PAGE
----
Drilling for Big Oil's money

Bret Stephens:

Ecuador has a huge environmental problem courtesy of Big Oil. Since 1990, there have been at least 800 recorded oil spills in the country, including 117 in the first nine months of 2006 alone. Their cumulative volume easily exceeds three million gallons. Scores of spills have never been cleaned up, posing severe health risks for the local population. Rainfall in the area is said to smell like car exhaust.

Small wonder, then, that when actress Daryl Hannah ventured into the Ecuadorean Amazon in June to have herself photographed dipping her hand into a lake of black sludge, she characterized the situation as "potentially the biggest environmental case ever." Only one problem: The supposed villain in the plot, Texaco--now merged with Chevron--ceased operations in Ecuador in 1990.

Yet such details are rarely allowed to get in the way of a noble cause--or a multibillion dollar class-action. The source of many, if not all, of the spills mentioned above is state-owned PetroEcuador, described by the Latin Business Chronicle as "widely seen as one of the most inefficient state oil companies in Latin America." In 2006, Miguel Muñoz, Ecuador's Energy Minister, admitted that "for over 30 years, PetroEcuador has done absolutely nothing to remediate those pits under its responsibility." He also acknowledged that the company's obsolete and underfunded pipeline system "is one of the most important causes of spills we face now."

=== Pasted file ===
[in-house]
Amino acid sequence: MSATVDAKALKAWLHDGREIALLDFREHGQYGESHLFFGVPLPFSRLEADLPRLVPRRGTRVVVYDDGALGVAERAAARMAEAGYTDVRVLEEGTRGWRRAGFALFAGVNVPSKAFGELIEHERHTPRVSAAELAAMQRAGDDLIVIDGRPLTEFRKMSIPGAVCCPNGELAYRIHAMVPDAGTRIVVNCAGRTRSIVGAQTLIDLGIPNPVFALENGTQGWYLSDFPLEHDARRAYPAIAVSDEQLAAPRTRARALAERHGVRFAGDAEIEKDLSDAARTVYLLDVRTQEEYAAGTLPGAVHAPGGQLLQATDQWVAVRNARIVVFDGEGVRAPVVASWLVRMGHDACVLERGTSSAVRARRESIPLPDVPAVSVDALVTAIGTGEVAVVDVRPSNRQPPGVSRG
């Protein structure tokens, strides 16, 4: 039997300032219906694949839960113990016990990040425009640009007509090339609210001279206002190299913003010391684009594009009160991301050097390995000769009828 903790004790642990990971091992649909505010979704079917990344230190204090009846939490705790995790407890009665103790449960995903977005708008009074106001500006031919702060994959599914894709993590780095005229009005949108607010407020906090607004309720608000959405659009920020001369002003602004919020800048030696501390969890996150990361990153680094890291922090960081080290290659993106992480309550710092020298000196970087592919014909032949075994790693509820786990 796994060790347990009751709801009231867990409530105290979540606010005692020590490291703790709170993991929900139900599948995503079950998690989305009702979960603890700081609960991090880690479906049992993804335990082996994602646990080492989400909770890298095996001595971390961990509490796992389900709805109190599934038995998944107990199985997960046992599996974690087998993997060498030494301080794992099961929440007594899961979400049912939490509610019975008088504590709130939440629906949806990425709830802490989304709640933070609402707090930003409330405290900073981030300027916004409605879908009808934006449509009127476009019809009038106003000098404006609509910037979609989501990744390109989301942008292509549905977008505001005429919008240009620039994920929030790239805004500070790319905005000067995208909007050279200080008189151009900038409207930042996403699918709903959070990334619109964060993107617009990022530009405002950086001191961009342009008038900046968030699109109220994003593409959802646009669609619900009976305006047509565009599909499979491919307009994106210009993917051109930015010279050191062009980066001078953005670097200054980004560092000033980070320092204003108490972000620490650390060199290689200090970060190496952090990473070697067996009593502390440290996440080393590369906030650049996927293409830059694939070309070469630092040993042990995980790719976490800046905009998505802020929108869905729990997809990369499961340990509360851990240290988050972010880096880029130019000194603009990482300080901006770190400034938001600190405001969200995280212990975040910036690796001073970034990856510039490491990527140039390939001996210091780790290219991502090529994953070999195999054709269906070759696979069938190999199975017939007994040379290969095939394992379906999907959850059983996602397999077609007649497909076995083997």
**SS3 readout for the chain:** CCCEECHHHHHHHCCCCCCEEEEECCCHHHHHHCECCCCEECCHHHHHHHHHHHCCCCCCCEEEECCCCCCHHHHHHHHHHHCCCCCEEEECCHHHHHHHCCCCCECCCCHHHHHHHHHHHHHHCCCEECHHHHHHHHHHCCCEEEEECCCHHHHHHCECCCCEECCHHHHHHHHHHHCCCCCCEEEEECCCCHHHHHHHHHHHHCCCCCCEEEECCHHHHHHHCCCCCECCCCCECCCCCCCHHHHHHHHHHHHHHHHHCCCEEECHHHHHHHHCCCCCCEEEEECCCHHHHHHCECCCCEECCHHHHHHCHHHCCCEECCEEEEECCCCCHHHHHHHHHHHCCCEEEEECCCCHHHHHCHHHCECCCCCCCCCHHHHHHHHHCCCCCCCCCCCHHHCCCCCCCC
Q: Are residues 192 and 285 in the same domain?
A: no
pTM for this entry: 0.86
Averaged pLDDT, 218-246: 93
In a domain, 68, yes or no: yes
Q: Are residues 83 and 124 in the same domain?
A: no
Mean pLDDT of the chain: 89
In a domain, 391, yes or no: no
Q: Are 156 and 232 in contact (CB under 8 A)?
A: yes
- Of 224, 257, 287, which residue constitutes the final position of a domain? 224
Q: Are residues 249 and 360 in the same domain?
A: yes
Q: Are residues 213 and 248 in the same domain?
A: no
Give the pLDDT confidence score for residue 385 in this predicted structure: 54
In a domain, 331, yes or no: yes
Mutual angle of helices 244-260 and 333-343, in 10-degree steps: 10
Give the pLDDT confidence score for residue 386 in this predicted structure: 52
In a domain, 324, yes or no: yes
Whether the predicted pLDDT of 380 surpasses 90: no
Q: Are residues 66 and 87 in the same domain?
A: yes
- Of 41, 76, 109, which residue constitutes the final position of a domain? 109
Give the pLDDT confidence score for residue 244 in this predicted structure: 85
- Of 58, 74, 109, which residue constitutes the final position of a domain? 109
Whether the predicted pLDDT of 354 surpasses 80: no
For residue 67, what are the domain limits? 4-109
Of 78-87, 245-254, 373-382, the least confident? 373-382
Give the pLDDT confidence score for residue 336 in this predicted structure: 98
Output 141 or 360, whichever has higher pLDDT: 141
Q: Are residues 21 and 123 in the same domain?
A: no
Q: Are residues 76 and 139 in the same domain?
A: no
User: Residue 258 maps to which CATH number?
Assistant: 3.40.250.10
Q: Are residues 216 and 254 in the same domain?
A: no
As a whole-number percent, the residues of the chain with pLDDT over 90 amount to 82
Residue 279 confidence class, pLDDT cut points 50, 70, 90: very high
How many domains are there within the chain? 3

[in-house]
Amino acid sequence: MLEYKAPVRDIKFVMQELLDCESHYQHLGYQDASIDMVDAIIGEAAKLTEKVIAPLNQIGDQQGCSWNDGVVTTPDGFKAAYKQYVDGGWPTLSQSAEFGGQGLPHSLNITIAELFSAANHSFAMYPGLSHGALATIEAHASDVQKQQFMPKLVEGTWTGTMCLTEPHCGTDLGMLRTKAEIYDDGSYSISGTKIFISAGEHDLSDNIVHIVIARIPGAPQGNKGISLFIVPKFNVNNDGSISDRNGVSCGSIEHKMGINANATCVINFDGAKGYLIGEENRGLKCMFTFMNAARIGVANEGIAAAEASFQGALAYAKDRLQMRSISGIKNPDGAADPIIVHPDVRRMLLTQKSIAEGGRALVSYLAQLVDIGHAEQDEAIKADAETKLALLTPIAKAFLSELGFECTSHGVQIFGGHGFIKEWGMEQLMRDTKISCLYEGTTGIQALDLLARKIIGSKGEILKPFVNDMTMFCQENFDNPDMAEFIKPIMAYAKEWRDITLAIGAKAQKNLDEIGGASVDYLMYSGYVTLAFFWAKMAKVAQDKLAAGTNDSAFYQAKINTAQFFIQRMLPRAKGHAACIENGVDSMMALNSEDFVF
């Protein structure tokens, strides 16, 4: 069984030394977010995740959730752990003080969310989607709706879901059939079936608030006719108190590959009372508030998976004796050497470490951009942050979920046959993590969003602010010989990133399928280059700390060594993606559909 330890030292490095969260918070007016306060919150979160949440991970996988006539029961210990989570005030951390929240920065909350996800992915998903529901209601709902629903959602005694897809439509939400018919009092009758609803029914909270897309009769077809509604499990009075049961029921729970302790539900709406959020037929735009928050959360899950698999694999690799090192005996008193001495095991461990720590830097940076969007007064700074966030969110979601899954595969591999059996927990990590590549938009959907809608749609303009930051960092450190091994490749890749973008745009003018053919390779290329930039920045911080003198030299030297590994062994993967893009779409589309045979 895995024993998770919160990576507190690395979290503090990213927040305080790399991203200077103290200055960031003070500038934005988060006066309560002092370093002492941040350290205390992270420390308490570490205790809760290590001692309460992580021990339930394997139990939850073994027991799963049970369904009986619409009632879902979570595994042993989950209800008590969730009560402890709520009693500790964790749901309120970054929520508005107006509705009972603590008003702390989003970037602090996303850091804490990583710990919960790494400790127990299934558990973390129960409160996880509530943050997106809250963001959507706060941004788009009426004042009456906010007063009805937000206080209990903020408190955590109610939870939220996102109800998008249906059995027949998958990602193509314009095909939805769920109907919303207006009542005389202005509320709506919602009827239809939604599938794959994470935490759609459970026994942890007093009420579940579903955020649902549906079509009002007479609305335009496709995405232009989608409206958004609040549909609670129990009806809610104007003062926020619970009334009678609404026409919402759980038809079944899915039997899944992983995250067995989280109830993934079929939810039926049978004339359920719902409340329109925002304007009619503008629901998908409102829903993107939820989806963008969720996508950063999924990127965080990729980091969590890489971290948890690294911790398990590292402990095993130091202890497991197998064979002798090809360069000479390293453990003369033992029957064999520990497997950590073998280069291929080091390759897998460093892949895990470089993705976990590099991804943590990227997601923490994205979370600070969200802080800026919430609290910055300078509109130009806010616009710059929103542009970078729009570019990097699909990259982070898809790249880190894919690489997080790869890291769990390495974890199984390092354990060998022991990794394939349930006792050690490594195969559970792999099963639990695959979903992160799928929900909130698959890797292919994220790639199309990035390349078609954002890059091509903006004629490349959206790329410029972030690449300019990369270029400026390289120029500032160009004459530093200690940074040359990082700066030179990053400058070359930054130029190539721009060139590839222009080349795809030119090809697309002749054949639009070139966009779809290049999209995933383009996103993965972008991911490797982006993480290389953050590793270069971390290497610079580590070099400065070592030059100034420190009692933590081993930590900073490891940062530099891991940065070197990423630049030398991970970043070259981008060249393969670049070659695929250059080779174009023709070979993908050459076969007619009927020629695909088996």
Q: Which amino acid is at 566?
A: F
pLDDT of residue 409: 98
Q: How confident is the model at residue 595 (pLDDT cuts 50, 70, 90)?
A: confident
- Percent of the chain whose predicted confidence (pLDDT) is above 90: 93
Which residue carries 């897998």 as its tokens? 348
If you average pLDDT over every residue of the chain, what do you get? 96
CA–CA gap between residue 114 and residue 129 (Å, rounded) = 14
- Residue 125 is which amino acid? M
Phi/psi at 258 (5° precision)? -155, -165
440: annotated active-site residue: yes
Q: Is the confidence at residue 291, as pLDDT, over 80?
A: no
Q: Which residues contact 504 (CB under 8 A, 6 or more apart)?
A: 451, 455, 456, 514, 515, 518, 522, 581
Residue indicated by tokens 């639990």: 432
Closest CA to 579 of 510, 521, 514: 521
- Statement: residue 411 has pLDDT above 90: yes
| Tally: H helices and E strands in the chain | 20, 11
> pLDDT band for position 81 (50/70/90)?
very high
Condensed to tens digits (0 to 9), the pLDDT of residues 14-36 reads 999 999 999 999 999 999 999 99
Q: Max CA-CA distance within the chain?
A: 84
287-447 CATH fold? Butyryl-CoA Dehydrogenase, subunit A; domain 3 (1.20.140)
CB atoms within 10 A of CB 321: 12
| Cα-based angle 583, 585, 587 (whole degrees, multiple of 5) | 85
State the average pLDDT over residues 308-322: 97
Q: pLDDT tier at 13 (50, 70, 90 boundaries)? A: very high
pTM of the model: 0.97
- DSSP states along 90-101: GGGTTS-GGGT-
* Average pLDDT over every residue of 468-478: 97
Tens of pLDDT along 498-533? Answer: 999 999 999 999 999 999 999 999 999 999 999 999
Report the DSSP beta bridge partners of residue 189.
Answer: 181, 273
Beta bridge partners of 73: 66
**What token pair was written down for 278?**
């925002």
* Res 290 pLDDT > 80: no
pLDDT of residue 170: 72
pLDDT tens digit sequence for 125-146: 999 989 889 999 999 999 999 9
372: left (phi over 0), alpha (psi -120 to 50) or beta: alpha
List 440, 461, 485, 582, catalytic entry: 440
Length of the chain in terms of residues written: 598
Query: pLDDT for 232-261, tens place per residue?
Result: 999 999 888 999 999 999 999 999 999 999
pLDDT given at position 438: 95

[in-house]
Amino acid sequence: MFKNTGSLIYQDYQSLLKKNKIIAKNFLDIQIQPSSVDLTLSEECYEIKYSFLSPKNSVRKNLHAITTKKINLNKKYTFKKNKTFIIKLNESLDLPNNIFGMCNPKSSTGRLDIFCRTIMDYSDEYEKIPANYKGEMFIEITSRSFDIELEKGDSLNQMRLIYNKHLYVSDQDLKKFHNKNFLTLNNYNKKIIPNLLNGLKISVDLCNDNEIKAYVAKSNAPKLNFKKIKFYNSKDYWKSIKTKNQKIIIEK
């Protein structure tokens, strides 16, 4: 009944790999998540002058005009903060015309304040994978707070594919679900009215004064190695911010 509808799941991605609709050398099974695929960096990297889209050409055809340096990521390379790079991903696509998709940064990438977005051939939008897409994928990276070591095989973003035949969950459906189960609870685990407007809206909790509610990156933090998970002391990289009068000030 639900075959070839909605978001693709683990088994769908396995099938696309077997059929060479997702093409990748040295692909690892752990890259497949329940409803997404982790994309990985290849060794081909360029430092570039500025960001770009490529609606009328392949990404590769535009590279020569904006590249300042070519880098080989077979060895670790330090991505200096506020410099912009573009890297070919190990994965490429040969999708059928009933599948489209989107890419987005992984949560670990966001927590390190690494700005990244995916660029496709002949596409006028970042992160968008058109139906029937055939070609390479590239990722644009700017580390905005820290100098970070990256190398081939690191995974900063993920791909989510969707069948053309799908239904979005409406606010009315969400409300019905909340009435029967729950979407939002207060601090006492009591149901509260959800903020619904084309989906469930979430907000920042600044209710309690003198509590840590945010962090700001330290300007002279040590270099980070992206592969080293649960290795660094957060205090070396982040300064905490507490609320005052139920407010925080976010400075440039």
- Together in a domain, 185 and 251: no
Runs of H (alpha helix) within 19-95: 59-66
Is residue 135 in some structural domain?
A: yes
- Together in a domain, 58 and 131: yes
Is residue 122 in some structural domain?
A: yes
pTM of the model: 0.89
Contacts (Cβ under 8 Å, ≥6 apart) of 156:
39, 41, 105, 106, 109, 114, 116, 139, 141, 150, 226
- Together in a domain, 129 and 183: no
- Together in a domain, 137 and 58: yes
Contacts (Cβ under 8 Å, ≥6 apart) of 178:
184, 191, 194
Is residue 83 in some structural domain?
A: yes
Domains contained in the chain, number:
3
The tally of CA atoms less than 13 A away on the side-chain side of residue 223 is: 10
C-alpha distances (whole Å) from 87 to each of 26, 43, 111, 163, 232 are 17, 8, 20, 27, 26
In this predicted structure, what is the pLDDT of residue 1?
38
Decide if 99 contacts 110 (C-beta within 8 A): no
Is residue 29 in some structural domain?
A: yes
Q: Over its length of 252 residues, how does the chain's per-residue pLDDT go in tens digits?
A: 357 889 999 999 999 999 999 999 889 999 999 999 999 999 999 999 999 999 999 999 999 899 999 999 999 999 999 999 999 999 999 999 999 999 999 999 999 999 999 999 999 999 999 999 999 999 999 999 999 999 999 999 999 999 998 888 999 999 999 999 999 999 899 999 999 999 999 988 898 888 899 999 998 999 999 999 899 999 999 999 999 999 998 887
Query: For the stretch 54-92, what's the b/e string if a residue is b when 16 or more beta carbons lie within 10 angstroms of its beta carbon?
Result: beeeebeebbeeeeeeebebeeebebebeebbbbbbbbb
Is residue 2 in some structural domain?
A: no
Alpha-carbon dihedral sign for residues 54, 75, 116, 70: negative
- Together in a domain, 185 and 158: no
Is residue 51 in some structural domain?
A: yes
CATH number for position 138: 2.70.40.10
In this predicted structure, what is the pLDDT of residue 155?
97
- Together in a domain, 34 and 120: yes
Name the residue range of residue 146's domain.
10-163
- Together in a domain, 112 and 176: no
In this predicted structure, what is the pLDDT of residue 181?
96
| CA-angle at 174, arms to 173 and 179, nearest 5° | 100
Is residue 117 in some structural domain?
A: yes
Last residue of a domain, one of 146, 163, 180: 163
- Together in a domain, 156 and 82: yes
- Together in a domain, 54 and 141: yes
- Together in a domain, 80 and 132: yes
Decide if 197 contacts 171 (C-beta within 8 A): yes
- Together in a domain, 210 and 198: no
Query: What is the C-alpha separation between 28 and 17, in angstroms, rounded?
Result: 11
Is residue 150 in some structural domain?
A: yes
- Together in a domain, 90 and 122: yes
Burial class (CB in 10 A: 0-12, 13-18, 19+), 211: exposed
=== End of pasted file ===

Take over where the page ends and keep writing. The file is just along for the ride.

So how come Chevron is in this picture? Plaintiffs lawyer Steven Donziger says it's because Texaco "made all the decisions about technologies and methods" and did "substandard work compared to what they were doing elsewhere." An alternative explanation, as bank robber Willie Sutton might have said, is because Chevron is where the money is.

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There is much more on this search for the litigation lotto. It is interesting that when governments take over businesses they cease being responsible for the consequences of their actions. Once socialism is in place no one is responsible for the mismanagement of the business or the lack of controls on the environmental consequences of the operations.

Why is it that the current owners aren't "where the money is"? Could it be because socialism breeds incompetence? There is another underlying cause for this type of litigation.

On the left and particularly in the environmental movement there is a hatred of the production of energy and desire to inhibit it anyway they can and taking capital form these companies is one want to slow the production of energy.

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